Search results

1 – 10 of 32
To view the access options for this content please click here
Article
Publication date: 2 July 2020

Wowek Sean Kearney, James Jurica and Theresa Entzi

This study examined the value of using near-peer video-based feedback to help train aspiring school leaders in coaching strategies. This research is part of a larger study…

Abstract

Purpose

This study examined the value of using near-peer video-based feedback to help train aspiring school leaders in coaching strategies. This research is part of a larger study in which feedback was solicited from both aspiring teachers and aspiring school leaders. The current study focused on the responses provided by the aspiring school leaders.

Design/methodology/approach

This study utilized a phenomenological design. Undergraduate students enrolled in a public university in the Southwestern United States were recorded delivering instruction during their final semester of student teaching. These videos were uploaded to a secure website using EdPuzzle. Graduate students aspiring to be principals who were enrolled in a supervision course at the same university observed these classroom videos and provided feedback.

Findings

In regard to what participants learned about using video recordings, responses of aspiring principals fell into three themes as follows: establishing trust, providing critical feedback and broadening perspectives.

Research limitations/implications

This study is limited by it being a small-scale study conducted at one public university in the Southwestern United States. Accordingly, the findings of this study are limited in their generalizability.

Practical implications

This study highlights the usefulness of collaborations between educator preparation programs and principal preparation programs to enhance the learning of both student groups.

Originality/value

This research adds to the small but growing body of literature regarding near-peer video-based feedback and its potential value in helping aspiring principals practice coaching skills using written feedback.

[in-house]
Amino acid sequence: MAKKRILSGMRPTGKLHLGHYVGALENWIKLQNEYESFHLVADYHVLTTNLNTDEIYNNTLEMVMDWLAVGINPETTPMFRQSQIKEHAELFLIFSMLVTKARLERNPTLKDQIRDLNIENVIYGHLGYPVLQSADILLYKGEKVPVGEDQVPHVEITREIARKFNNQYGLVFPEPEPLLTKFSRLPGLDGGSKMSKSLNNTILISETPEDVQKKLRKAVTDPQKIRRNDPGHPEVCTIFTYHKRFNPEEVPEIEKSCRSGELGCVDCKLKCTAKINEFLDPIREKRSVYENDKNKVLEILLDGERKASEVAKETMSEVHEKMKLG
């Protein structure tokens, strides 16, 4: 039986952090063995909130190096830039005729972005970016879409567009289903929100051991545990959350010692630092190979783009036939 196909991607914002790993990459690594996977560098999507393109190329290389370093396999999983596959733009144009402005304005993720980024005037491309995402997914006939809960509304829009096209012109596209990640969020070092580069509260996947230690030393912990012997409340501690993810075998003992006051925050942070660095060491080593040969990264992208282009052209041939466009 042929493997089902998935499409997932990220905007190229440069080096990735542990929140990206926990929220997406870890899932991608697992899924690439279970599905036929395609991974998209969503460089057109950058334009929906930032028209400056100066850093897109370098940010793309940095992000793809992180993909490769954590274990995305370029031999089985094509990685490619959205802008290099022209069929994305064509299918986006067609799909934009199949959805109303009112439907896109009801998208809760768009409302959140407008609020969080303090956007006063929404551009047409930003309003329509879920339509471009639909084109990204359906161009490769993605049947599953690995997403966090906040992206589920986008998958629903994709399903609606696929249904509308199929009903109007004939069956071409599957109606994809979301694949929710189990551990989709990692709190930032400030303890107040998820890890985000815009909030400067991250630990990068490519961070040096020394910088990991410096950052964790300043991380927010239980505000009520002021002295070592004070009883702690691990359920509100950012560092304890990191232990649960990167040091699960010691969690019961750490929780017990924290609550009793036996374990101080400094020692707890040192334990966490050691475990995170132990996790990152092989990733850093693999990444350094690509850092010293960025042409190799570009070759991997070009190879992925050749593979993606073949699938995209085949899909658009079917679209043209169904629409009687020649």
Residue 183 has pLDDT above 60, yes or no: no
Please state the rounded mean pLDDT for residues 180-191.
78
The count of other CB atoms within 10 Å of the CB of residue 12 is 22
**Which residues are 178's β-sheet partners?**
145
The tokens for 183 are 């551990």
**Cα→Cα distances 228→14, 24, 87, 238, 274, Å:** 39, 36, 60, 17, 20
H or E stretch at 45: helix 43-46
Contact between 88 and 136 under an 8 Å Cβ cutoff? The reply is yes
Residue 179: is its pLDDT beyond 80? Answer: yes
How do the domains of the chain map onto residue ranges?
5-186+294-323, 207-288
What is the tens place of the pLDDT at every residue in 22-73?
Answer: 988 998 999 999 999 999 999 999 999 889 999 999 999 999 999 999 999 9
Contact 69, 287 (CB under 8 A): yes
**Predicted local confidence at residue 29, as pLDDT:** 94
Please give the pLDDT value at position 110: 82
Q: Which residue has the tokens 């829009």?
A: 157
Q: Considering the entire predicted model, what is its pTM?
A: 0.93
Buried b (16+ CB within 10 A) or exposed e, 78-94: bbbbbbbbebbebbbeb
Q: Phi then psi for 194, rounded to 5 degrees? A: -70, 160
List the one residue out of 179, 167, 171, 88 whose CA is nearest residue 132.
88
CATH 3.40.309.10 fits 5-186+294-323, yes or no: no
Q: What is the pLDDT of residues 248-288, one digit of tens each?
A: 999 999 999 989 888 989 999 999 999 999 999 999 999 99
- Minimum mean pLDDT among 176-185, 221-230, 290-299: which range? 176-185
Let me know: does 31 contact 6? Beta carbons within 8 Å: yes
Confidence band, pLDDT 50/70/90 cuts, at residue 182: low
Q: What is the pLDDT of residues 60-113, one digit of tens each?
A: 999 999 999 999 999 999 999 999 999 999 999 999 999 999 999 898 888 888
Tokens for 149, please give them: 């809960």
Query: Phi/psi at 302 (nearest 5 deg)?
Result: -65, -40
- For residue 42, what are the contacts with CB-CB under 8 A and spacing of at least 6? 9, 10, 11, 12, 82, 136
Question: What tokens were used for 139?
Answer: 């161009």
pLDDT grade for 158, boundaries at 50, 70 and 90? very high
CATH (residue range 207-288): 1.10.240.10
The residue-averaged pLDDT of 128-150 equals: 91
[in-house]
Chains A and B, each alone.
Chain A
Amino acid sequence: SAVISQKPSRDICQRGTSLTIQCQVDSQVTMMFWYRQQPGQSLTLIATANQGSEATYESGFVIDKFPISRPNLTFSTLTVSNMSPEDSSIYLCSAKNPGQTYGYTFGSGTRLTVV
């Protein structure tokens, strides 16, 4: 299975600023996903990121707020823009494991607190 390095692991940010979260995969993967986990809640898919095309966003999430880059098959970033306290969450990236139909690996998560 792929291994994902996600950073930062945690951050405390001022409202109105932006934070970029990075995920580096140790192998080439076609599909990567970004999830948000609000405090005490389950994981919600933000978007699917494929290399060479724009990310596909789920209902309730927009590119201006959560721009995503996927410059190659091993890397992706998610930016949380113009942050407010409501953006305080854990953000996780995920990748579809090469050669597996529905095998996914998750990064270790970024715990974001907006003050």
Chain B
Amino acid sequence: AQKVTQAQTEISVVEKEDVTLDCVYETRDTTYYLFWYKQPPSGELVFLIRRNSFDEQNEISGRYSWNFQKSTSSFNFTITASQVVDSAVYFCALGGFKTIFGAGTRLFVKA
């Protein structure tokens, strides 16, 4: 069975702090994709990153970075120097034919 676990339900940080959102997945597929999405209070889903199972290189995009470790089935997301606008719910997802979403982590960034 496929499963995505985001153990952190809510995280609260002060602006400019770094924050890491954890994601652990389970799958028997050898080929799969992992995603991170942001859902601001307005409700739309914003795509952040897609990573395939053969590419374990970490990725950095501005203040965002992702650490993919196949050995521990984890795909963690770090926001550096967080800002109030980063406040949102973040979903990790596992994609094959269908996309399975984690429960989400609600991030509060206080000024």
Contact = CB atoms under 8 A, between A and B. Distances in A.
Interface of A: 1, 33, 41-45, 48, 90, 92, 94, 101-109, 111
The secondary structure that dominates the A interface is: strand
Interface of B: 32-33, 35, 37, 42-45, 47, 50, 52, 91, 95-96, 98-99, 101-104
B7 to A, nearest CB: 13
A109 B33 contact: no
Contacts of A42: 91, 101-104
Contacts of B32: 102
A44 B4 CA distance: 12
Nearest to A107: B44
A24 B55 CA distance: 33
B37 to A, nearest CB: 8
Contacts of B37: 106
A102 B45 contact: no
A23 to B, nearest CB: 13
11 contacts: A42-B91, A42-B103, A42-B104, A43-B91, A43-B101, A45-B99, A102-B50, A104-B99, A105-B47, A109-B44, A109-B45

Details

International Journal of Mentoring and Coaching in Education, vol. 9 no. 4
Type: Research Article
ISSN: 2046-6854

Keywords

Content available
Article
Publication date: 6 December 2019

Matilda R. Brady and Paul Goethals

To recover the growing deficit between American and near-peer mobile artillery ranges, the US Army is exploring the use of the M982 Excalibur munition, a family of…

Downloads
5425

Abstract

Purpose

To recover the growing deficit between American and near-peer mobile artillery ranges, the US Army is exploring the use of the M982 Excalibur munition, a family of long-range precision projectiles. This paper aims to analyze the effectiveness of the M982 in comparison to the M795 and M549A1 projectiles to further the understanding of what this new asset contributes.

Design/methodology/approach

Based upon doctrinal scenarios for target destruction, a statistical analysis is performed using Monte Carlo simulation to identify a likely probability of kill ratio for the M982. A values-based hierarchical modeling approach is then used to differentiate the M982 from similar-type projectiles quantitatively in terms of several different attributes. Finally, sensitivity analyzes are presented for each of the value attributes, to identify areas where measures may lack robustness in precision.

Findings

Based upon a set of seven value measures, such as maximum range, effective range, the expected number of rounds to destroy a target, and the unit cost of a munition, the M982 1a-2 was found to be best suited for engaging point and small area targets. It is noted, however, that the M795 and M549A1 projectiles are likely better munition options for large area targets. Hence, an integrated targeting plan may best optimize the force’s weapon systems against a near-peer adversary.

Originality/value